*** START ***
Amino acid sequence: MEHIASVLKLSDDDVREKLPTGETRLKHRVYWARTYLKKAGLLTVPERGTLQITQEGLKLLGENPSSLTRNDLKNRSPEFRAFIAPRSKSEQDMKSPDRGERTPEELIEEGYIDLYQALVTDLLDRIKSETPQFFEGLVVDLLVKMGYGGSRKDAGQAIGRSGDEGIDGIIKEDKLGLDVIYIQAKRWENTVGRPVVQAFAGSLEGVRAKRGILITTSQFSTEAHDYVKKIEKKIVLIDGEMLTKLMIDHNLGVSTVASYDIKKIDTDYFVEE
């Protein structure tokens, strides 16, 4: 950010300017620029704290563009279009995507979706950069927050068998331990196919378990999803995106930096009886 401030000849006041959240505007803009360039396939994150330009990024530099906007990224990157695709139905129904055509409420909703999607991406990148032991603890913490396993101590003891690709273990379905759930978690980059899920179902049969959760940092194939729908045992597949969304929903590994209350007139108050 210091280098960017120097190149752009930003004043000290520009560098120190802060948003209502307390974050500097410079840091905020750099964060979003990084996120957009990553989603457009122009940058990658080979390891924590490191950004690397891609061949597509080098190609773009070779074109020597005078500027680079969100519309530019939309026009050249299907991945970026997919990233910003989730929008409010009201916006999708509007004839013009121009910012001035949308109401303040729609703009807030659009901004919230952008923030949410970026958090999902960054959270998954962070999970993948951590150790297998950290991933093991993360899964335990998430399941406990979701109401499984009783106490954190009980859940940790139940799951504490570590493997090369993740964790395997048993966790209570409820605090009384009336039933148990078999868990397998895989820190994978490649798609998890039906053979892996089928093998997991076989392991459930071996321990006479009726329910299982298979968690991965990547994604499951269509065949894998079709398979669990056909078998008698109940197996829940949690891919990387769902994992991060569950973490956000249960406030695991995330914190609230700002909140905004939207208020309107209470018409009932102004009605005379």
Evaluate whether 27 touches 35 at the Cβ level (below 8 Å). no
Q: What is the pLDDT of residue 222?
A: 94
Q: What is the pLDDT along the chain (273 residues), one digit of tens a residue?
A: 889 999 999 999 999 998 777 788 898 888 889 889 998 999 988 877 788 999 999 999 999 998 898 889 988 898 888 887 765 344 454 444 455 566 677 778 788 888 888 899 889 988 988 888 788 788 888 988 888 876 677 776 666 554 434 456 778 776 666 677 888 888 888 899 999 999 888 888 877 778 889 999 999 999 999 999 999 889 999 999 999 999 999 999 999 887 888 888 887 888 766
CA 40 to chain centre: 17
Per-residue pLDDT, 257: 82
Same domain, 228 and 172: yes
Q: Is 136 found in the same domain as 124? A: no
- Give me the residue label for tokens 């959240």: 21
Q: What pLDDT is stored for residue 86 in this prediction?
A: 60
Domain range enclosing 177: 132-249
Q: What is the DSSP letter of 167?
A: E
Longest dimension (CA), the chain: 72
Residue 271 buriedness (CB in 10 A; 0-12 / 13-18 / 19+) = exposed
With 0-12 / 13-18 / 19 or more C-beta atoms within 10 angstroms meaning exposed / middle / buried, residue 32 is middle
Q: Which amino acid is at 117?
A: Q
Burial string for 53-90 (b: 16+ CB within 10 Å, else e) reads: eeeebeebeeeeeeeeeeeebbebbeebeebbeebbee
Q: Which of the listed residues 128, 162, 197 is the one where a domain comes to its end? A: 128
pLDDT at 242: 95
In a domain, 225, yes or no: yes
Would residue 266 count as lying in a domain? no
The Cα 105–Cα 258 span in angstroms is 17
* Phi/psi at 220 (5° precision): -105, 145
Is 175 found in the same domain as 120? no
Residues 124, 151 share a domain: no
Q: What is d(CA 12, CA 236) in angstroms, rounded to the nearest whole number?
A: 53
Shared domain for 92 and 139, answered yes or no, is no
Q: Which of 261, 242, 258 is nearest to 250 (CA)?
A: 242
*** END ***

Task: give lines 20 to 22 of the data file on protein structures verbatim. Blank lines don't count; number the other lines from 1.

With 0-12 / 13-18 / 19 or more C-beta atoms within 10 angstroms meaning exposed / middle / buried, residue 32 is middle
Q: Which amino acid is at 117?
A: Q